Canadian National Defense Committee Report Eminently Sensible


Canada’s Parliamentary Standing Committee on National Defense issued its report on Arctic sovereignty last week.  A result of months of witness statements and research, the report presented 17 recommendations, including:

  • Creating a cabinet committee on Arctic affairs, consisting of relevant ministers and chaired by the prime minister.
  • Re-establishing the office of Arctic Ambassador.
  • Giving priority to resolving the dispute over the Beaufort Sea with the United States.
  • Providing proper infrastructure, such as shore facilities, mapping and mandatory ice-experienced pilots, to ensure safe passage of vessels through Arctic waters.
  • Ensuring that the Inuit be included in scientific research projects pertaining to the environment.
  • Doing more to recognize the historic contribution of aboriginal people to Arctic sovereignty and acting on a priority basis to ensure the development and long-term maintenance of viable indigenous communities.

My previous blogs have focused on the problems, misdirections, or inadequacies of northern policy.  But this report is eminently sensible, comprehensive and balanced.  There is not much new here – every recommendation seems to come from either the CIC Arctic sovereignty papers, with contributions from Franklyn Griffiths, Rob Huebert and Whitney Lackenbauer; or Arctic Front: Defending Canada on the Far North, a 2008 book that won the Donner Prize for best book on Canadian policy (Ken Coates, Greg Poelzer, Whitney Lackenbauer and Bill Morrison).  This fact is unsurprising since almost all of those academics were called as witnesses by the Committee.  However the Committee has done a very good job of sifting through their testimonies, recommendations, and articles, and boiling down the report to the most important points.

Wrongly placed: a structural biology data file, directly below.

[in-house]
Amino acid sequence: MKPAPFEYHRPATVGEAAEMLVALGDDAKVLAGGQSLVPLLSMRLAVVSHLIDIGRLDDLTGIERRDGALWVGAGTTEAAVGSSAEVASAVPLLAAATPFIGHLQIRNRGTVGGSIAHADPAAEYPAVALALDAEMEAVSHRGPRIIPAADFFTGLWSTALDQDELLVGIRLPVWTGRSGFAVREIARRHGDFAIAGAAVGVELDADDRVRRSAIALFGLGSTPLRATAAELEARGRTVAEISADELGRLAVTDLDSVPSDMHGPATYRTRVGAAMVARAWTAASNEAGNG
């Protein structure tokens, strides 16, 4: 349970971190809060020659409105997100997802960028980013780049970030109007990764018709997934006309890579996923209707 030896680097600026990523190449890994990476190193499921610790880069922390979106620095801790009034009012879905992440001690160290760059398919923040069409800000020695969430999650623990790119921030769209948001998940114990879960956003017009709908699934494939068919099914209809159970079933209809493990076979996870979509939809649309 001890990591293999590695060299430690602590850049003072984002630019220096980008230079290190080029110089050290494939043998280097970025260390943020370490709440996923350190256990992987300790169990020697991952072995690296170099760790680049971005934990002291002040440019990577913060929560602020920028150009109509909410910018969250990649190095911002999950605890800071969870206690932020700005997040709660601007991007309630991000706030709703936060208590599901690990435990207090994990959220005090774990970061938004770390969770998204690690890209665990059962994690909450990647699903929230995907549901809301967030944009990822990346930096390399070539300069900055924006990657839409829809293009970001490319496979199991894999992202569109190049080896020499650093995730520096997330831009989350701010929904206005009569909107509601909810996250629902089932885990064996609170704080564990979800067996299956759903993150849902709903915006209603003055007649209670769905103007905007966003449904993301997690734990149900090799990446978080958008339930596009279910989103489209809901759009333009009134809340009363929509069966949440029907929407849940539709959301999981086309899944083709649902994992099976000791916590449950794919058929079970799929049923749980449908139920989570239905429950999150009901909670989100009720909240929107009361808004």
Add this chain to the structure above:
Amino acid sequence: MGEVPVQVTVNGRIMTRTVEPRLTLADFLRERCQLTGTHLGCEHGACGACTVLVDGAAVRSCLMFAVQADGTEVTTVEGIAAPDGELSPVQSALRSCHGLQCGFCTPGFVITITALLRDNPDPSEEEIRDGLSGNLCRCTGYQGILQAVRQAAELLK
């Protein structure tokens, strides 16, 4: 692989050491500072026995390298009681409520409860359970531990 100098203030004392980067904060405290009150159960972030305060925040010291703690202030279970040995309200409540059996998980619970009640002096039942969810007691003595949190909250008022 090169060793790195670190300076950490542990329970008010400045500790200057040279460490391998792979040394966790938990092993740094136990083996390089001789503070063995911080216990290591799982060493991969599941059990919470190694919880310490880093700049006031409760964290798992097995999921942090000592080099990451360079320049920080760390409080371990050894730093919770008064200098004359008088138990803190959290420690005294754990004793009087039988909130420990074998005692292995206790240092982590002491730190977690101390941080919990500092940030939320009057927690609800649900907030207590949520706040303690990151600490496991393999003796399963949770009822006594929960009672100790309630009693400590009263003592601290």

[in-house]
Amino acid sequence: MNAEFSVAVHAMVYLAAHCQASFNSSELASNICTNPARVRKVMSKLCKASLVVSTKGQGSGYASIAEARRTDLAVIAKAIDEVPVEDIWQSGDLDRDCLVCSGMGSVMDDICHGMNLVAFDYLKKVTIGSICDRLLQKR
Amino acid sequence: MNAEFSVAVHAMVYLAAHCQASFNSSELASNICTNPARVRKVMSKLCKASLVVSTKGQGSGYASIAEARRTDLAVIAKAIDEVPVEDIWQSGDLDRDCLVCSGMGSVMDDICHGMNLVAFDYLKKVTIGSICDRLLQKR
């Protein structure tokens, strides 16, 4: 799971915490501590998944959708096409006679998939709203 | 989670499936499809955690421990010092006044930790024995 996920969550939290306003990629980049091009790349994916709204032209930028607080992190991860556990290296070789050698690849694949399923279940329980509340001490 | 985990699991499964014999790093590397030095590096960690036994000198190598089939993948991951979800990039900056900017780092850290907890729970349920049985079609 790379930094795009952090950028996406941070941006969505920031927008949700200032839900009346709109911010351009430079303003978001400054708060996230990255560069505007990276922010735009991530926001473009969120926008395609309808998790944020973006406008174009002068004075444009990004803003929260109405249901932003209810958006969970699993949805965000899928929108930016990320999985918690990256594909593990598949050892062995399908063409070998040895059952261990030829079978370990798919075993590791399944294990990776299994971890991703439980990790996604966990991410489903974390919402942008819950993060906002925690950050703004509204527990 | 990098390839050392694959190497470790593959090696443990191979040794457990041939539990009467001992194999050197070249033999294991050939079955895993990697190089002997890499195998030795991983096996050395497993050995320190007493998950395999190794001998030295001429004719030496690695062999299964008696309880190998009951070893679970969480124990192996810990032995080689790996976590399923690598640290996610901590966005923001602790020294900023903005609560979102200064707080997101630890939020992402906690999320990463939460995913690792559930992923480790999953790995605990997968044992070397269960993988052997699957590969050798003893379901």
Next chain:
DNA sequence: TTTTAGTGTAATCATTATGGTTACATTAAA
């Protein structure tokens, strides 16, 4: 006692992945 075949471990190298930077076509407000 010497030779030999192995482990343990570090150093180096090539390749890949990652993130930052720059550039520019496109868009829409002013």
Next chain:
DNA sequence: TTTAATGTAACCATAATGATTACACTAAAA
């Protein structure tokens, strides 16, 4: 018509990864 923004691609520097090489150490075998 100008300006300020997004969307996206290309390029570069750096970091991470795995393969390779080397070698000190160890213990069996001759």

The worst thing I can say about the report is that some parts are vague, particularly recommendations to enhance the Arctic Council/multilateralism and promote development of the North. Easier said than done! But then, it is not the job of this Committee to set policy. Hopefully the Departments of Foreign Affairs and Indian and Northern Affairs will take the ball and develop some innovative and constructive policies to advance these goals.  Hopefully the PMO will actually fund them.

This is a good first step to developing a comprehensive Arctic policy (yes, a first step – the 2009 Northern Strategy is nothing more than a website devoted to previous announcements Harper had made on his summer vacations in the Arctic).  The second step is action.

Heather Exner-Pirot

Heather Exner-Pirot

Heather Exner-Pirot is a Research Associate at the Observatoire de la politique et la sécurité de l'Arctique (OPSA) and the managing editor of the Arctic Yearbook. She has held positions at the University of Saskatchewan, the International Centre for Northern Governance and Development and the University of the Arctic. She completed her doctoral degree in political science at the University of Calgary in 2011. She has published extensively in Arctic and northern governance, human security, and Indigenous economic development. Read Heather Exner-Pirot’s articles

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